Ayurveda has a holistic approach toward all the miseries of man and aging is one of these. It is classified as one of the natural and Yapya (palliative) diseases. It is the process of becoming old and decaying. As age advances, several changes take place in the body, in the external appearance, in the condition of Dosha, Dhatu, Mala, Agni, Oja, and so on, as well as in the mental and cognitive functions. Elderly people are susceptible to several chronic diseases also. The problems of the elderly are becoming a matter of great concern as increased life expectancy due to better medical services and improved technology is resulting in an increasing population of the aged. By the year 2020, the World will have more than one billion people aged 60 and over, and more than two-thirds of them will be living in the developing countries. A major concern related to the rapid increase in the population of the aged is that there will be an increase in the prevalence of chronic diseases and disabilities, both being conditions that tend to accompany the aging process. This burden is increasing day by day. In the Ayurvedic texts, a comprehensive description has been given of aging. The aim of this conceptual article is to compile and re-evaluate the various principles related to different aspects of aging.
Ayurveda was introduced to the earth so that man could enjoy a long and healthy lifespan
Several types of principles have been described in Ayurveda. A person interacts with various factors, for example, other Panchabhautik (manifested) creations, living or non-living. It is known that at the base of all creation, there are nine Dravya. (causative factors).
that is, Panchamahabhuta
Kala (time); and
Panchamahabhuta provide the basic structure for all the manifestations and this manifested creation, is known as the universe. The universe resides within the limitations of Kala and Disha in a clockwise manner. Among all the Dravya, Kala is the most important and potent, as it includes all creation in itself as well as it affects all creation in a clockwise manner, and human beings are no exception.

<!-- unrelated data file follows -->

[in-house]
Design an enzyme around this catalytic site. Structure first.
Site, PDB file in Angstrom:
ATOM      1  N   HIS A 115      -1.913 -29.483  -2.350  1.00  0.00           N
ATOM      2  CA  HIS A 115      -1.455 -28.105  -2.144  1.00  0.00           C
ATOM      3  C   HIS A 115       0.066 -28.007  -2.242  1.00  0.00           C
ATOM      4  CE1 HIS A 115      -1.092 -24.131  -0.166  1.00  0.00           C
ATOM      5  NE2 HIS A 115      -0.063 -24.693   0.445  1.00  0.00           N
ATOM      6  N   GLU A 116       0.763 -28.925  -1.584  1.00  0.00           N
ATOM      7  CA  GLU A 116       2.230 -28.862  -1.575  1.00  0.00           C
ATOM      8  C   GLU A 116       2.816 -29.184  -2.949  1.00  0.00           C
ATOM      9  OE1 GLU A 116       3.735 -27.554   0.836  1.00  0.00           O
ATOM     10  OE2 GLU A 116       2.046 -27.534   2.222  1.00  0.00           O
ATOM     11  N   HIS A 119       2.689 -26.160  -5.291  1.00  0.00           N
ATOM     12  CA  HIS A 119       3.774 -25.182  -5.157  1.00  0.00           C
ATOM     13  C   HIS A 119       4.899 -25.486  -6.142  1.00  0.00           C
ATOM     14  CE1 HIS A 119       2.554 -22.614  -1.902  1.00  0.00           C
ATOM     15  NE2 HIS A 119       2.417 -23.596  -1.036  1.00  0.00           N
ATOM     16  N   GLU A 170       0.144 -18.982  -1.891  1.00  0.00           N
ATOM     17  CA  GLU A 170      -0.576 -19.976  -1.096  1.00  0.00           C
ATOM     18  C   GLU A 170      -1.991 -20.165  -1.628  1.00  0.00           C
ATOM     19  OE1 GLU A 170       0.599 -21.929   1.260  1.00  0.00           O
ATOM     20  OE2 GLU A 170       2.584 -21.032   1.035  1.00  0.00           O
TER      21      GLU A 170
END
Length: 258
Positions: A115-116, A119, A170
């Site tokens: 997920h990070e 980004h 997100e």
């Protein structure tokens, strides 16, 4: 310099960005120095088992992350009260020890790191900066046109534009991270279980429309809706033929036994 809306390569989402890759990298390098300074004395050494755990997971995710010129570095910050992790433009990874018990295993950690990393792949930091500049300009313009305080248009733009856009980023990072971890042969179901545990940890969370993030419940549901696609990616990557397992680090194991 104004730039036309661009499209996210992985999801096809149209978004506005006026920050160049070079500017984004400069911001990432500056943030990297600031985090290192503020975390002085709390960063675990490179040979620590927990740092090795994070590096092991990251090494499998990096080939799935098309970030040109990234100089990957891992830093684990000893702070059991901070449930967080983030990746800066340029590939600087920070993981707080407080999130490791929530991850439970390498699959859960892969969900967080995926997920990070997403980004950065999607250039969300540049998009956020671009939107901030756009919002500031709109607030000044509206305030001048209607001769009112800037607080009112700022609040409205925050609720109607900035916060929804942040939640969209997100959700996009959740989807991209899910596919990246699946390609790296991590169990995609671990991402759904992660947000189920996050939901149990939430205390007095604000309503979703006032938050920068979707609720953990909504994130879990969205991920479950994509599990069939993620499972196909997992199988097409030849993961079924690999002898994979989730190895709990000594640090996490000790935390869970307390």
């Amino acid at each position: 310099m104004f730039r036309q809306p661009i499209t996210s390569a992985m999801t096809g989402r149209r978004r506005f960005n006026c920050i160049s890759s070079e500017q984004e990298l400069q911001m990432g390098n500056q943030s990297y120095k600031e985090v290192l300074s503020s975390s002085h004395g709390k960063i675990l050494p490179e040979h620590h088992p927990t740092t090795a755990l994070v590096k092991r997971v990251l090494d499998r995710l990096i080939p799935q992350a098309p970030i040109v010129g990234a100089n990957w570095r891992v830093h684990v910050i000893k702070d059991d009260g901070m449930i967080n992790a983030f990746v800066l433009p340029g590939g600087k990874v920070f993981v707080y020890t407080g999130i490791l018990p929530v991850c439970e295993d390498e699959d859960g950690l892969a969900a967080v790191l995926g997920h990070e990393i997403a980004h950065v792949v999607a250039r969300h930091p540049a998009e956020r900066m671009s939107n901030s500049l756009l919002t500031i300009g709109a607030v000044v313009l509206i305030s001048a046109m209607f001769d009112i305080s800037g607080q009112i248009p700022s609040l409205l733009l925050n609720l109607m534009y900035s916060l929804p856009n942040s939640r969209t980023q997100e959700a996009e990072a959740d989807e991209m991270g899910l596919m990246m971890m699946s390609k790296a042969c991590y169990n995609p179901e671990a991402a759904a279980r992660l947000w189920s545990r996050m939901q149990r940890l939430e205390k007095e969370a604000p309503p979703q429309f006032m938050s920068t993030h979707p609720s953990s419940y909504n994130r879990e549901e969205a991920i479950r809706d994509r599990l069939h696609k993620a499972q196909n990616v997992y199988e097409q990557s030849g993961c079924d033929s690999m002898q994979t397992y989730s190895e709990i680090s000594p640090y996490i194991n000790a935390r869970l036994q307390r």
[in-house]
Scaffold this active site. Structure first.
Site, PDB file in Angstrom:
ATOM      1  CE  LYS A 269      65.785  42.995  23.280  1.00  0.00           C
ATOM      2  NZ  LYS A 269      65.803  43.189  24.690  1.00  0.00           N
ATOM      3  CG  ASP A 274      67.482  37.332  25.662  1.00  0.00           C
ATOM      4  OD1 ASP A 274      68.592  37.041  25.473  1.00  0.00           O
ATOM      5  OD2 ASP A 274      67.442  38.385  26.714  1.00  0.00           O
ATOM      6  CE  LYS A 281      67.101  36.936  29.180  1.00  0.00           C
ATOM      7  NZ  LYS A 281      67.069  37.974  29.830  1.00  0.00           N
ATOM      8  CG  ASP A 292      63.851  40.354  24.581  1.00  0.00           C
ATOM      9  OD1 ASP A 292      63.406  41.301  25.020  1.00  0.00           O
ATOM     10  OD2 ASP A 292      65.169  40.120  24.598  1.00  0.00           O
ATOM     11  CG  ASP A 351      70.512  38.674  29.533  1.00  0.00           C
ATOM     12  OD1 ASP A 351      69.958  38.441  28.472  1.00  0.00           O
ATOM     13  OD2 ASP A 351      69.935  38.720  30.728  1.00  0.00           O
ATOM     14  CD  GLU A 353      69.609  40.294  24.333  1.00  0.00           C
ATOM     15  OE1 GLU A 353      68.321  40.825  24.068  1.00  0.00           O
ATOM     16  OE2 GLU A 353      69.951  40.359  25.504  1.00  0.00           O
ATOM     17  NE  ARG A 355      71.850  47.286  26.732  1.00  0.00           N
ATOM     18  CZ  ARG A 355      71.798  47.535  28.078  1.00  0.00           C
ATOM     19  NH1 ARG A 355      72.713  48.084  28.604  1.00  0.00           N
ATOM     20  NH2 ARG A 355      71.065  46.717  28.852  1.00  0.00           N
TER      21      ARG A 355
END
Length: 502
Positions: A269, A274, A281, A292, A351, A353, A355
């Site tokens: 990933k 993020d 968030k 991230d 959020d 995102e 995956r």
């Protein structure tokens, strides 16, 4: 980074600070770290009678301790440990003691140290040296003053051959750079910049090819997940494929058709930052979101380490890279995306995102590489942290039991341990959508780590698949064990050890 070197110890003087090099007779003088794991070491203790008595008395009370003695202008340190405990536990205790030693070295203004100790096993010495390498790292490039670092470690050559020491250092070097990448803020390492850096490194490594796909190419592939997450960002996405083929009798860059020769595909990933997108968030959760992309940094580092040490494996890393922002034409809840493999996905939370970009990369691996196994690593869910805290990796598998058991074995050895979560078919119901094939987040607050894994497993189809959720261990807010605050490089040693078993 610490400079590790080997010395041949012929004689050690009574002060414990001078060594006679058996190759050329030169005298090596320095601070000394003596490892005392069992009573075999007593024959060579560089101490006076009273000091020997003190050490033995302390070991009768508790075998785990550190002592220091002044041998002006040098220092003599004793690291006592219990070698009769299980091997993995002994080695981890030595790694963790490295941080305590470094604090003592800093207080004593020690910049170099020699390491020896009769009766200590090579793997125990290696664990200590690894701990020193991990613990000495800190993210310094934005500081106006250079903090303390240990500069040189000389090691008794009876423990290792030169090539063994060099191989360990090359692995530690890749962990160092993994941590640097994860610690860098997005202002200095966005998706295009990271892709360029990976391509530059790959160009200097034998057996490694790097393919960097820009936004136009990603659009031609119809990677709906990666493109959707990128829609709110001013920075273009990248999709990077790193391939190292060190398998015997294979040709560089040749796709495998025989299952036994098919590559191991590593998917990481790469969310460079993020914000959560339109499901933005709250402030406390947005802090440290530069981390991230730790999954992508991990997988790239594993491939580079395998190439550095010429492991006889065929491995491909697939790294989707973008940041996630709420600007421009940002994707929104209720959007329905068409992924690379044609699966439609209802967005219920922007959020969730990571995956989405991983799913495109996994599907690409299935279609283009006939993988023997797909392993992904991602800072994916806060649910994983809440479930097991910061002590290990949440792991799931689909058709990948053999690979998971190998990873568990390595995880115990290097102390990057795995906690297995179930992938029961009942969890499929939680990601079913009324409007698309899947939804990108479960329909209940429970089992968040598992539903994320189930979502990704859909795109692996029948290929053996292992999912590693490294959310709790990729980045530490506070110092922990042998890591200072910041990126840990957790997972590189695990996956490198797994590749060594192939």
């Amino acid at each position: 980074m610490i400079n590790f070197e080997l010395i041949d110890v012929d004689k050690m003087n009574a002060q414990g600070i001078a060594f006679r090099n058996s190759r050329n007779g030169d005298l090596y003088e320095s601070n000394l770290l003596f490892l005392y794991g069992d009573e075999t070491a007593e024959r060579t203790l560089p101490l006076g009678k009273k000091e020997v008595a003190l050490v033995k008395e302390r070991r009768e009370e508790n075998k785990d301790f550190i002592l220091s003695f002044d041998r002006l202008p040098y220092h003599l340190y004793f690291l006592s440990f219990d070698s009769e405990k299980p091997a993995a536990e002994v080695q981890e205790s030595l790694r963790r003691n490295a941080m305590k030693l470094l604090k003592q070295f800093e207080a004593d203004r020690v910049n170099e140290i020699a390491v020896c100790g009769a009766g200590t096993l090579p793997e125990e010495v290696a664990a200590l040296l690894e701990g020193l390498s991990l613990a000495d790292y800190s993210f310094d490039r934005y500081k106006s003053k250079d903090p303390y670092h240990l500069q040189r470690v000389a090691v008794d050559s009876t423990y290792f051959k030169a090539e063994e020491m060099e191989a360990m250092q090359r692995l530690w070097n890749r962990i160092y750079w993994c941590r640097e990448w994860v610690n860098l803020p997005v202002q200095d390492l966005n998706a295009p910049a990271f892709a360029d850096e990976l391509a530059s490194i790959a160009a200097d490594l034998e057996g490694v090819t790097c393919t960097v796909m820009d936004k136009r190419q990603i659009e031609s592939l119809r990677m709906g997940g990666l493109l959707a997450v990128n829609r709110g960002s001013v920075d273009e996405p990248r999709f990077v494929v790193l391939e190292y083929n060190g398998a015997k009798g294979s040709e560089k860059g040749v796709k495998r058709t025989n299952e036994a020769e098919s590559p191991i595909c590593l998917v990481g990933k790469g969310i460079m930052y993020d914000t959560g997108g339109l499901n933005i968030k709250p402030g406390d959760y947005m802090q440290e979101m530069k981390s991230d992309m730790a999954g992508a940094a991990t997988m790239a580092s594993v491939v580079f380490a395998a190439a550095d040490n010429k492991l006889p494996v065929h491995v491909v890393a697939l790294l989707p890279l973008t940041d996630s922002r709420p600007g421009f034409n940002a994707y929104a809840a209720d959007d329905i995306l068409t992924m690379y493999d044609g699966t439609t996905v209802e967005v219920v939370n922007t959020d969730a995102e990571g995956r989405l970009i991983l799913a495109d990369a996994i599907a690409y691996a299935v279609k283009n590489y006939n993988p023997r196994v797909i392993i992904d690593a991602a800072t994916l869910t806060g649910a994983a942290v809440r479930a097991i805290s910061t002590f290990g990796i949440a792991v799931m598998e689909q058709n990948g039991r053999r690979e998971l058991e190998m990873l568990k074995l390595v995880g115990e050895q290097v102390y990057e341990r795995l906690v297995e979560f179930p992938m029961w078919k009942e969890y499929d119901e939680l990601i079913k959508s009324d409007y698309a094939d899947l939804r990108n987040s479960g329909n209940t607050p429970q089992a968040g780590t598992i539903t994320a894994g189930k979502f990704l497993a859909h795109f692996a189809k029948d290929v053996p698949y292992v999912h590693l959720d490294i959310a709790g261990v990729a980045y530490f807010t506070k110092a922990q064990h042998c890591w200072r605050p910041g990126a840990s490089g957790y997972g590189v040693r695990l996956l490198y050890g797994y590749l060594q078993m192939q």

Kala interacts with a human from conception till death and this time period is called Ayu (lifespan). On account of the interaction of Kala, various changes occur in the body during the period of Ayu; these are natural and cannot be changed. According to the type of changes that occur, the lifespan has been divided into three parts, also known as Vaya (various stages of life); these are
- Bala(early stage of life),
- Madhya(middle stage of life), and
- Jirnaor Vriddhavastha (later stage of life).
The major changes carried out in the body during these stages are, growth, achievement, maintenance and decay. Thus, aging is the process of decaying and this manifests in the form of various degenerative changes. Although these changes are natural, they are not pleasant. Everyone is aware that a person who has taken birth must grow and finally die, but nobody wants to grow old and certainly no one wishes to die. It is the nature of a human being. Ayurveda considers all these states, which are not pleasant in nature, to be disease: they cause suffering to mankind and any suffering is termed as a disease.
Ayurveda takes a holistic approach toward the maintenance of Dhatusamya (homeostasis), for which various principles have been described. Aging is considered as a disease that may be manifested timely or untimely. Therefore, a detailed description regarding the prevention, maintenance, and treatment of aging has been given. Some of the measures that have been advised can be followed and some cannot. However, we can follow some practical principles and make aging comfortable and disease-free.
Concept of Vriddhavastha (later stage of life)
Vriddhavastha is the last part of the lifespan and is mainly characterized by degenerative changes. Aging refers to a multidimensional process of physical, psychological, and social change. The changes are always degenerative in nature. According to Ayurveda the lifespan of an individual is divided into three parts known as Vaya. These are .
Balavastha (childhood), which lasts up to the age of 16 years;
Madhyavastha (young and middle age), which lasts from the age of 16 years to 60–70 years; and
Vriddhavastha or Jirnavastha (old age), which refers to the period after 60 or 70 years